Saturday, March 12, 2011

Judd Sirott

Judd Sirott is part of the Chicago Blackhawks and the Chicago Cubs broadcast teams for WGN Radio.

Rick: I’m talking to you right after a Blackhawks practice, in the midst of a great hot streak. Do you think this Blackhawks team has what it takes to repeat, or at the very least, scare some of the teams that are seeded higher than they are?

Judd: I don’t think there’s any question. All they have to do is get into the playoffs, and after that, all bets are off. Philly is a great example of that. They got in last year as the eighth seed, and took the Blackhawks to six games in the Stanley Cup Finals.

Now let’s look at some of the other teams in the same conference as the Hawks. Even if the Blackhawks fall back a bit, and end up as the #8 seed, and the Canucks are the #1 seed—do they really scare you? Vancouver is a very good team but the Hawks have beaten them in the playoffs the past two years. Whether it’s the Canucks or the Red Wings or anyone else they have to face, there’s not a team they don’t have a chance against. It’s a wide open conference and anybody can win it.

Rick: I know you’re a hockey guy—before the Hawks, you were the play by play guy for the Chicago Wolves for twelve years.

Judd: And I did hockey games for HD Net for two years. I left the Wolves after 2006 and broadcast hockey games for Mark Cuban’s network. It was a terrific gig. Every week we would broadcast the best team, the best game we could get. It was fabulous and it was a great package. Unfortunately, Cuban opted not to renew with the NHL—he shifted his direction. I loved working there, but when the network didn’t renew, I was fortunate enough to land with the Hawks on WGN. I had actually gotten wind of Mark not renewing before it was officially announced, so I had called Dave Eanet, and told him I would be available. He called back and we managed to find a fit.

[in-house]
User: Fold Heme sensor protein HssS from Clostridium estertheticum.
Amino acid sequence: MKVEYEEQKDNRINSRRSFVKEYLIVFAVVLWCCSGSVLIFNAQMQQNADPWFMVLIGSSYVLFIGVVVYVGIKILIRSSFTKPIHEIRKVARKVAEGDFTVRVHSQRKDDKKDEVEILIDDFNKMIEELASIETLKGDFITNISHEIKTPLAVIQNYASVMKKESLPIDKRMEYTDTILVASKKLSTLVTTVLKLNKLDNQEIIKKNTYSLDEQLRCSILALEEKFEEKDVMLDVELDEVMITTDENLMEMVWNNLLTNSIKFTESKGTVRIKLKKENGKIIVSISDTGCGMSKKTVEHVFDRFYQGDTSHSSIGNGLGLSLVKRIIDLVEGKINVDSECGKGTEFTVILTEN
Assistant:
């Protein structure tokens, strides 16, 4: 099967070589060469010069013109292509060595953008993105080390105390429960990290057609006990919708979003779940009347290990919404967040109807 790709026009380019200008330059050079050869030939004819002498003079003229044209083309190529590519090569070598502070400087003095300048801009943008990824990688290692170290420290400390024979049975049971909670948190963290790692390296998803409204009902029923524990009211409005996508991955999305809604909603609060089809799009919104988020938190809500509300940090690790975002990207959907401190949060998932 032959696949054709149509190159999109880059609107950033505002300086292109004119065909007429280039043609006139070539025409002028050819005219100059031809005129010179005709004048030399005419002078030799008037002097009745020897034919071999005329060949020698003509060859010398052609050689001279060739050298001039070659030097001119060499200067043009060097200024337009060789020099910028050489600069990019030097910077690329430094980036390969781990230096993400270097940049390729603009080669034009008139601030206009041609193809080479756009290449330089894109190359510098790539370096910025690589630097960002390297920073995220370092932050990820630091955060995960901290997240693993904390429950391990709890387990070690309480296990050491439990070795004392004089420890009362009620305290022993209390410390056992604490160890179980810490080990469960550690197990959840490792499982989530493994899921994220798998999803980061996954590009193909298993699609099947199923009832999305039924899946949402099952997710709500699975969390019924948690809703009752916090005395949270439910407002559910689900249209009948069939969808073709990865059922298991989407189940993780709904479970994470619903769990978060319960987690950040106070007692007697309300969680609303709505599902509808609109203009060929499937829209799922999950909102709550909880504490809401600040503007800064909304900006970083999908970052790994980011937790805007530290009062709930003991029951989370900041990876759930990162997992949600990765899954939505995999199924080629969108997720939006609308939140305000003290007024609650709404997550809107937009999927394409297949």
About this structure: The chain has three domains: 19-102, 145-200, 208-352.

Rick: Before the last couple of years, when the Blackhawks were, let’s be nice about it, underperforming, a lot of people were saying Chicago isn’t a hockey town. That must have frustrated you. I mean, here you were, doing the games for a minor league team that was drawing almost as many fans as the NHL team. If that’s not a hockey town, what is?

Judd: I think there were about two million fans at the rally downtown that would disagree about Chicago not being a hockey town.

And you’re right, the Wolves were a tremendous success during the down years for the Blackhawks, and they still are. That started with the ownership. The Wolves ownership didn’t run it like a minor league team. They ran it to be the best possible franchise it could be. The Blackhawks have that now with Rocky Wirtz and John McDonough. When ownership commits to the product it makes all the difference in the world.

Rick: I’m sure you grew up a Hawks fan in Arlington Heights. What does it mean to you to be a part of this Blackhawks experience; hosting the pre and post-game shows?

Judd: I was a die-hard fan. I saw Denis Savard for the first time in like ‘82, and he’s still my favorite player of all-time. 18 is still my favorite number. I wore his number when I played baseball.

I always loved listening to Pat Foley on the radio too going all the way back to his time on WIND. He had that phenomenal voice. When I listened to him I thought—I want to do this. Ken Wilson was good too, and he was doing them on TV at the time, but I always preferred listening to Pat on the radio. It’s hard to put into words how much of a thrill it is to be doing what I’m doing now, not only with the Hawks, but also with the Cubs.

Rick: How do they work that with you when the Hawks and the Cubs are both playing? Does one team take precedence over the other?

Judd: If there’s a conflict, the Cubs take precedence.

Rick: Even during the playoffs?

Judd: Well, there usually aren’t too many conflicts. Last year during the playoffs, I would do both. Say, if the Cubs were on during the day and the Hawks at night, I could do both, and I did several times.  But if the schedules conflicted, and both games were on at the same time, or I was out on the road with the Cubs, the Cubs took precedence. I’m guessing it will be the same way this year.

Rick: I interviewed your uncle (Bob Sirott) for Shore Magazine a few years ago and asked him if he could be doing any other job in the world, what would it be? He said it would be your job. As far as he’s concerned, you have the dream job with the Cubs.